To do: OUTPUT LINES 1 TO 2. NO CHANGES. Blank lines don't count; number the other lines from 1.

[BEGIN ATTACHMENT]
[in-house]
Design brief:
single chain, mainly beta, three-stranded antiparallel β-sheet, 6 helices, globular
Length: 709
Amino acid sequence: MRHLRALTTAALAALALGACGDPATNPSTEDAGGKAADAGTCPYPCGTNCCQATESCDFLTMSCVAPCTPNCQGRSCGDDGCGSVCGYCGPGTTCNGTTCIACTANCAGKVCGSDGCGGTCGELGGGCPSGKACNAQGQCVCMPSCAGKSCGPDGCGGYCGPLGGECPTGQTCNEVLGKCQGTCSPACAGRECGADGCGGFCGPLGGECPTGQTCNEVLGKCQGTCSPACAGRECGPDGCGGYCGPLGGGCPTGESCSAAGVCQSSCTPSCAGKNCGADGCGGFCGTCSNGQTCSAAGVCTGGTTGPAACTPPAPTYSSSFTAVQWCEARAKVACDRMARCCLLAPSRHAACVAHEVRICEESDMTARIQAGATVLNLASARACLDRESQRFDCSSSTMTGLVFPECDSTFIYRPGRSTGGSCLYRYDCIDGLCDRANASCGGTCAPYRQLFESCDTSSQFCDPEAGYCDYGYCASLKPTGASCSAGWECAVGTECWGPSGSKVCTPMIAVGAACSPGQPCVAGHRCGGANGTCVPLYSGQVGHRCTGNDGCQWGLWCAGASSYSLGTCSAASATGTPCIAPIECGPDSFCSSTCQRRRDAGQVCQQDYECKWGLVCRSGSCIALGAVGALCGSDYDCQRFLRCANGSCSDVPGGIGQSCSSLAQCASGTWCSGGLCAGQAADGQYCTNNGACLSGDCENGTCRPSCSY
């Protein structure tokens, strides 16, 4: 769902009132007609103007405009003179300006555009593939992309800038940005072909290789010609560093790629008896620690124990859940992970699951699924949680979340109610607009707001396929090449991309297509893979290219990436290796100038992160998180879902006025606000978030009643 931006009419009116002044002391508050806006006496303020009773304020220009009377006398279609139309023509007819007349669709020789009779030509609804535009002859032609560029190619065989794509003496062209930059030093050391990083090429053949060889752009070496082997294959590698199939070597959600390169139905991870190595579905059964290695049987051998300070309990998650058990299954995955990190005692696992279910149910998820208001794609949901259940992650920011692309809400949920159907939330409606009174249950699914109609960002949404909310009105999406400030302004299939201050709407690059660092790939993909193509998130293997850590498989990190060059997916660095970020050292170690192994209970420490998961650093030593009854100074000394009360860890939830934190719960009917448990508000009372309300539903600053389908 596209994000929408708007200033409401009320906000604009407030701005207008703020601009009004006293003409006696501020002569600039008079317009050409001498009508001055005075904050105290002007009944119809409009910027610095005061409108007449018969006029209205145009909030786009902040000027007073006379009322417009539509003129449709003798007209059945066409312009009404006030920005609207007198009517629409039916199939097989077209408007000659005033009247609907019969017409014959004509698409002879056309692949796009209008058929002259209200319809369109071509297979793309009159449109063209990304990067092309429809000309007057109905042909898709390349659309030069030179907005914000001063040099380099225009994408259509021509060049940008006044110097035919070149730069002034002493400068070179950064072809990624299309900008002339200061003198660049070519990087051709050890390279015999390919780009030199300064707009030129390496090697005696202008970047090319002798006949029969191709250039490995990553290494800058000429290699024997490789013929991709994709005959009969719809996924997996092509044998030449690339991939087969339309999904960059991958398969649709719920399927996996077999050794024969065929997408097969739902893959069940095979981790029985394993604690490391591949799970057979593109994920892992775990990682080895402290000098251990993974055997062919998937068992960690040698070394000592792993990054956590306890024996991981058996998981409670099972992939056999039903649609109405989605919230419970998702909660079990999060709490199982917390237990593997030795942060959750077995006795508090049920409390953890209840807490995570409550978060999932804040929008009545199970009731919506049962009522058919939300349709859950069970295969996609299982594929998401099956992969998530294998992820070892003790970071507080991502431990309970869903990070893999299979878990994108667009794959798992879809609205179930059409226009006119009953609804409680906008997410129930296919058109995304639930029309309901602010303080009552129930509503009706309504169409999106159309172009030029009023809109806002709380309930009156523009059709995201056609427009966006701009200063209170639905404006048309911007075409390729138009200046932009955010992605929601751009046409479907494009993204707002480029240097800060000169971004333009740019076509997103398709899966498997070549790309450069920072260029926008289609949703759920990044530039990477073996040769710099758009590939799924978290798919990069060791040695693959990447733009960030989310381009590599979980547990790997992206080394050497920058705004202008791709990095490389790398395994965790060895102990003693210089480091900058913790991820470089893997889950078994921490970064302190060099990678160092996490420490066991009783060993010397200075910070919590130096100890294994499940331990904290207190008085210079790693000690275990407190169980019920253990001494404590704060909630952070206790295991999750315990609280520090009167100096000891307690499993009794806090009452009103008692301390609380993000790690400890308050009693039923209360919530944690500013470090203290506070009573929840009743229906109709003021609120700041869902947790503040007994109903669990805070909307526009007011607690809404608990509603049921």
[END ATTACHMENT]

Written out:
[in-house]
Design brief: